Over and under

_C1_2096.JPGThe Lost Valley near the Buffalo National River was lush and green the first time I walked its trail, yet Eden Falls at the trail’s end and Clark Creek down its middle ran almost totally dry. I took another look this past weekend, sure it would be different after days of rain.

High rivers and the water overtaking pasture fences on the way were promising signs, and the creek at the trailhead burbled just loud enough to hear in the forest’s quiet. But it wasn’t long before the boulders and other shattered remnants of the cave that once enclosed the creek were dry and silent. The forest floor was carpeted in green with splashes of purple, but no water.

_C1_1754

_C1_1770

Soon, though, I could hear the sound of falling water from higher up on the valley wall. A steep but short climb took us to an emerald gem that many have taken to calling the moss falls. No more doubts for me.

_C1_1867

_C1_1869

_C1_1943

_C1_1967

_C1_1953

_C1_1988

_C1_2025

_C1_2037This is the creek’s source, where it comes gushing out of a cave high on the south side of the valley. Eden Falls was lively and the creek below it flowed brightly. It seemed nothing but bizarre that the waterway further down the trail would be so dry instead of even more lively. Walking back toward the entrance along the creek bed soon gave the answer to this puzzle: a big crack at the base of another waterfall, where the water disappeared in a swirl of bubbles.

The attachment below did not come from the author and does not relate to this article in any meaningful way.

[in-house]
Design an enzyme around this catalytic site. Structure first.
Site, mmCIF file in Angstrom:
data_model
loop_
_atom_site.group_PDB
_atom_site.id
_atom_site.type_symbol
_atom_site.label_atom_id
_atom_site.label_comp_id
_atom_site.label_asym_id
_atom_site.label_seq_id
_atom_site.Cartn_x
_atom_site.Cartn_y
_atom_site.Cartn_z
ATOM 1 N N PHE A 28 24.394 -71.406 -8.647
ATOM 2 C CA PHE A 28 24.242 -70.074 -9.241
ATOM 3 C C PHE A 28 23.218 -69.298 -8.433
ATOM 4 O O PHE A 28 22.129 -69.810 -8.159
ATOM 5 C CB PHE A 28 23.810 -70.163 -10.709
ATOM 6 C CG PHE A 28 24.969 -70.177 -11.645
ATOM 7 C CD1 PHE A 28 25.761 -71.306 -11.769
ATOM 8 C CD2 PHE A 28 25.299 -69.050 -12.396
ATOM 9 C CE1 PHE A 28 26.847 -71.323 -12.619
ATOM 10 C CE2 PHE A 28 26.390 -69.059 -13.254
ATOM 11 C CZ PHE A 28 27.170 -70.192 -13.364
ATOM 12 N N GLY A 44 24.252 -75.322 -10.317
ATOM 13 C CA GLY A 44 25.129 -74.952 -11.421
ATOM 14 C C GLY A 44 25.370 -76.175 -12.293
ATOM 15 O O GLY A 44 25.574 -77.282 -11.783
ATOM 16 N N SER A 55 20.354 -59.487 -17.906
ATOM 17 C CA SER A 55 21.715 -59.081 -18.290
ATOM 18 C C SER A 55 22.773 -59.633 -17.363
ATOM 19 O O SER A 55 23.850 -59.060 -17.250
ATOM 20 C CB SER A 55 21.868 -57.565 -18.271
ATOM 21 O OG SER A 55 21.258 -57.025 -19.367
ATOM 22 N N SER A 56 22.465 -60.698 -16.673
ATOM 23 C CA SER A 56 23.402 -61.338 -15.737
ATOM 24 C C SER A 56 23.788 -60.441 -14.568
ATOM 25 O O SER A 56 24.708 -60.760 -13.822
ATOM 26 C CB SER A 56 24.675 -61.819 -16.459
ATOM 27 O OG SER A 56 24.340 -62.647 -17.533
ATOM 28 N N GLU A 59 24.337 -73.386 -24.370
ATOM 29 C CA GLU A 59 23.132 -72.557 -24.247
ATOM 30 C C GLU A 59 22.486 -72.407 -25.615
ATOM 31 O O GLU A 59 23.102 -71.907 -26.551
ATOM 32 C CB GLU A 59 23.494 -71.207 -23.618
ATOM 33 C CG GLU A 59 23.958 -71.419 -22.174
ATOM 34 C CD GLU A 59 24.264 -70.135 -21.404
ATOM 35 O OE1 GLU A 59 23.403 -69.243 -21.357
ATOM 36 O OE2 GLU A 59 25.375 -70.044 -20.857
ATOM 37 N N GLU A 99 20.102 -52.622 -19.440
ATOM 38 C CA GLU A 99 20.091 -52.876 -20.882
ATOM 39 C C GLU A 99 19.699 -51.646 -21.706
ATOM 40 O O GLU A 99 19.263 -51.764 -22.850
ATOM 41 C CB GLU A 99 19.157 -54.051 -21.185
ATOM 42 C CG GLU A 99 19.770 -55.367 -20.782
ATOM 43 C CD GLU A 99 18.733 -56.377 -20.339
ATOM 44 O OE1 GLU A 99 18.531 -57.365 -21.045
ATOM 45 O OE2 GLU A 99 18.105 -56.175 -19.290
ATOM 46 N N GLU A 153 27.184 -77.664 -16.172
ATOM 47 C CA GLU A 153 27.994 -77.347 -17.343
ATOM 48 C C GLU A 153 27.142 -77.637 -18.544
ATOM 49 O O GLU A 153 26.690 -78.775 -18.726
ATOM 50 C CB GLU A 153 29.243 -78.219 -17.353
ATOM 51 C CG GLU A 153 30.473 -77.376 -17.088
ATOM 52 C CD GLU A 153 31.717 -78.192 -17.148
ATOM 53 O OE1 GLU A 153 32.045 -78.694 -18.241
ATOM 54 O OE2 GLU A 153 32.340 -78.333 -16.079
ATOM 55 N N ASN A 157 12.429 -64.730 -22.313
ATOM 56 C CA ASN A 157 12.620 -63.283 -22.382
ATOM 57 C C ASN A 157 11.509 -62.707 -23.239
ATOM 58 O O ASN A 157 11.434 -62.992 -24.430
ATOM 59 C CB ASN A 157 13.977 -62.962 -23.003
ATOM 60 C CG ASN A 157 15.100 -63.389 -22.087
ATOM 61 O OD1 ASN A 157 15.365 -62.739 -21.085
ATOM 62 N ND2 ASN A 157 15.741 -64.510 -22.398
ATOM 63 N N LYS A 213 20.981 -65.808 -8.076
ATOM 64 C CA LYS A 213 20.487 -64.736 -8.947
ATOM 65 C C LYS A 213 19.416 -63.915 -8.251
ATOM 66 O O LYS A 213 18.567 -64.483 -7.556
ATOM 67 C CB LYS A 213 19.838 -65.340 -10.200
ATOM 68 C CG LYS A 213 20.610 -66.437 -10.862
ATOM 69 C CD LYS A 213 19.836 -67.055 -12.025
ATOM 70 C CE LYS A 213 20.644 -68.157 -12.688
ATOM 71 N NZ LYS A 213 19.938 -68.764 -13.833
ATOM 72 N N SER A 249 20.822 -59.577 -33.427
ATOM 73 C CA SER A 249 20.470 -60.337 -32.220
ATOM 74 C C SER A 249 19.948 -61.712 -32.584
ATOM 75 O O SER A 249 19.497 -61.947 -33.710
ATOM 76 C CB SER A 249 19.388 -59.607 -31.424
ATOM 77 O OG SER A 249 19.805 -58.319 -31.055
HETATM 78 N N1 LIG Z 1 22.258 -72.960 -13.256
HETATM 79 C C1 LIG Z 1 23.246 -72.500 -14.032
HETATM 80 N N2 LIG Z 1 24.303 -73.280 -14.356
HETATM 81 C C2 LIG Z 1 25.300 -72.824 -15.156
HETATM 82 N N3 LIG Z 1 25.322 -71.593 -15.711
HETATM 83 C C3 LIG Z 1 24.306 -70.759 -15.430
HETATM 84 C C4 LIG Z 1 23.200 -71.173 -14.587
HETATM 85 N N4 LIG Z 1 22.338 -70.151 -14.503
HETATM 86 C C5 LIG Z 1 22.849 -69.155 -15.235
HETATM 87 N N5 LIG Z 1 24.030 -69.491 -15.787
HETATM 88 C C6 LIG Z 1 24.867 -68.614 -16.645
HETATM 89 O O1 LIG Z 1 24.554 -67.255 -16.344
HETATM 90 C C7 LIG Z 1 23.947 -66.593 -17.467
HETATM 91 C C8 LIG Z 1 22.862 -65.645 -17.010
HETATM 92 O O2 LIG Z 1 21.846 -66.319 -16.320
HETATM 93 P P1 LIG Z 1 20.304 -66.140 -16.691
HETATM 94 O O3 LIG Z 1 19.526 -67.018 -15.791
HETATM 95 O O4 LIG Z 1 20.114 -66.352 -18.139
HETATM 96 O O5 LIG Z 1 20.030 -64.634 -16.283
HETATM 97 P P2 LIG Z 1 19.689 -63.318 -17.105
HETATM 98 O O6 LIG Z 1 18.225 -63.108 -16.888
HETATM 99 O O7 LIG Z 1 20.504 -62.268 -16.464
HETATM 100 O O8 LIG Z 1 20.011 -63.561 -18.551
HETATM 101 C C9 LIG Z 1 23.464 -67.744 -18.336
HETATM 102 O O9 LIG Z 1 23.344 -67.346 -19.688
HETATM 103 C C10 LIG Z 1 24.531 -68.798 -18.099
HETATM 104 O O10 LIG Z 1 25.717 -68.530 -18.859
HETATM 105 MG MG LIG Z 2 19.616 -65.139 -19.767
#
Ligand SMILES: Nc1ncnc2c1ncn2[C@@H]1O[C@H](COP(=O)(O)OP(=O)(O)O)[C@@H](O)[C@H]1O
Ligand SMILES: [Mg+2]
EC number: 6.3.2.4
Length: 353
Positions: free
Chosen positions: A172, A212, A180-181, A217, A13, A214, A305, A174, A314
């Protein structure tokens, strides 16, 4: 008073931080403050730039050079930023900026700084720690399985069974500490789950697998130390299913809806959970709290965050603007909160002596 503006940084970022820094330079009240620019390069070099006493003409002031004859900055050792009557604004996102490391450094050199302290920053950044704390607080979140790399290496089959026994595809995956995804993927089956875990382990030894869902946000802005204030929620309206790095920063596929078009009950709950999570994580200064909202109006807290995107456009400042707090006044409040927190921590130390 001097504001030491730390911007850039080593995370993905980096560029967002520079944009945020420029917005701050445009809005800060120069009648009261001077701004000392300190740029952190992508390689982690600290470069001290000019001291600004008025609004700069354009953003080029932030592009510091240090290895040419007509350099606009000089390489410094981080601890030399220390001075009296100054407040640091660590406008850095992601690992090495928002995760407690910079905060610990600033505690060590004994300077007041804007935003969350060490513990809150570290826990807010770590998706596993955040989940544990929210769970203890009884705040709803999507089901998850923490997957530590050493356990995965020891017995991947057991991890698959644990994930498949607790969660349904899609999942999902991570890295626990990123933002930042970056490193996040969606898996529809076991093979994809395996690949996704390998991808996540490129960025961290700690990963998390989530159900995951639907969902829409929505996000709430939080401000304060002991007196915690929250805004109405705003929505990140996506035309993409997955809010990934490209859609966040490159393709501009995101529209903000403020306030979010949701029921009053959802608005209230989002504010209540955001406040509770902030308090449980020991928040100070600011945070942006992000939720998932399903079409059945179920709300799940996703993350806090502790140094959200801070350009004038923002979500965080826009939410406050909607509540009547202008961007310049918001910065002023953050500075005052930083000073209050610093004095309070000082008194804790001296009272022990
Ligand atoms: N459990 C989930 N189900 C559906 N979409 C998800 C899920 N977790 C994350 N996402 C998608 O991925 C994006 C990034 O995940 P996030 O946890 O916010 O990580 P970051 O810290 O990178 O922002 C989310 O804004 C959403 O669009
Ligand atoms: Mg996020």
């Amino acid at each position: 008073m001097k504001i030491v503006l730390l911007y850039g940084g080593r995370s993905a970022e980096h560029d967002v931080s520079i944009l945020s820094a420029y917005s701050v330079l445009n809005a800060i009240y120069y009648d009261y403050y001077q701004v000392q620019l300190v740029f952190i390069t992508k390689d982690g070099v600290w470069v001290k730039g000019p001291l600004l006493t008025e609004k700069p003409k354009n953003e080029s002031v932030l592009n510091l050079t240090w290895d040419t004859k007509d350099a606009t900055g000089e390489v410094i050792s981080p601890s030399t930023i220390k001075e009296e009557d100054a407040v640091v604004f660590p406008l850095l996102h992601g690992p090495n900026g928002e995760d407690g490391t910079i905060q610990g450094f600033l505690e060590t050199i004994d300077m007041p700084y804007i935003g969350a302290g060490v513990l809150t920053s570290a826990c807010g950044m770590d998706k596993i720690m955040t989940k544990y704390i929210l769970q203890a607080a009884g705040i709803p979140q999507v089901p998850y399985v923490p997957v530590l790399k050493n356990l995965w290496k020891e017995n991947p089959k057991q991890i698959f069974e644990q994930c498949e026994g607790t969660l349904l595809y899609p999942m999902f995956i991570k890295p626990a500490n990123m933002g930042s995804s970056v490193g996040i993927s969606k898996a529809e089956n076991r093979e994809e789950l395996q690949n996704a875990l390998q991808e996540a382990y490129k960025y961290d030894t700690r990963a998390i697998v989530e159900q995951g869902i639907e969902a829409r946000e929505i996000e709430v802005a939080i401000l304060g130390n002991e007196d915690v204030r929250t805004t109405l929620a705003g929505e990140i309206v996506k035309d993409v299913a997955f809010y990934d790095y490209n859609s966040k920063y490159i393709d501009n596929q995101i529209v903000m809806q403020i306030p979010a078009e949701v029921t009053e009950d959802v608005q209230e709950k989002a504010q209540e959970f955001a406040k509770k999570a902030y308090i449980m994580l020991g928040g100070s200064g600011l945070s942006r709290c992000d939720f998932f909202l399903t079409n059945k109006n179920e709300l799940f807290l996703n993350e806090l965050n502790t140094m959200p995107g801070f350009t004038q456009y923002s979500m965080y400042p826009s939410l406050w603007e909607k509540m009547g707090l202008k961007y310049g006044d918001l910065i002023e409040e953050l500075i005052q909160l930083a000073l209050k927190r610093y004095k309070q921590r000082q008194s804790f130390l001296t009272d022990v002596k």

_C1_2051

It wouldn’t emerge until a few hundred feet downstream, right before the natural bridge in that first photo.

Thanks for looking.

Dan

Belly of the beast

_C1_1502.JPGNature tonight put on a display like I’ve never seen.

A massive line of storms filled the northern horizon by sunset, and before long streaks of light criss-crossed its entire length. Bolts zapped outside of their cover every few seconds, while those hidden in the thunderheads snaked like immense glowing dragons through curtains of rain and billowing vapor, something impossible to capture with photos. Despite all this, the sky directly above was still clear. Moonlight highlighted the storm’s edge.

It would have been enough for me if it had stopped there.

_C1_1384.JPG

_C1_1331.JPGIt didn’t stop there. After a couple of hours the dragons reached Fayetteville, and the lightning only picked up the pace. Barely half a second passed without a paparazzi-like burst. The roar of a serious downpour got louder and louder as it approached and swept from one end of my apartment complex to the other. Some hail fell. Mostly it was flash after flash after flash. Usually I struggle to get enough decent shots of these bolts. This time they were just about overwhelming.

_C1_1621.JPG

_C1_1663.JPG

_C1_1718.JPGThanks for the show, nature. And thank you for looking.

Dan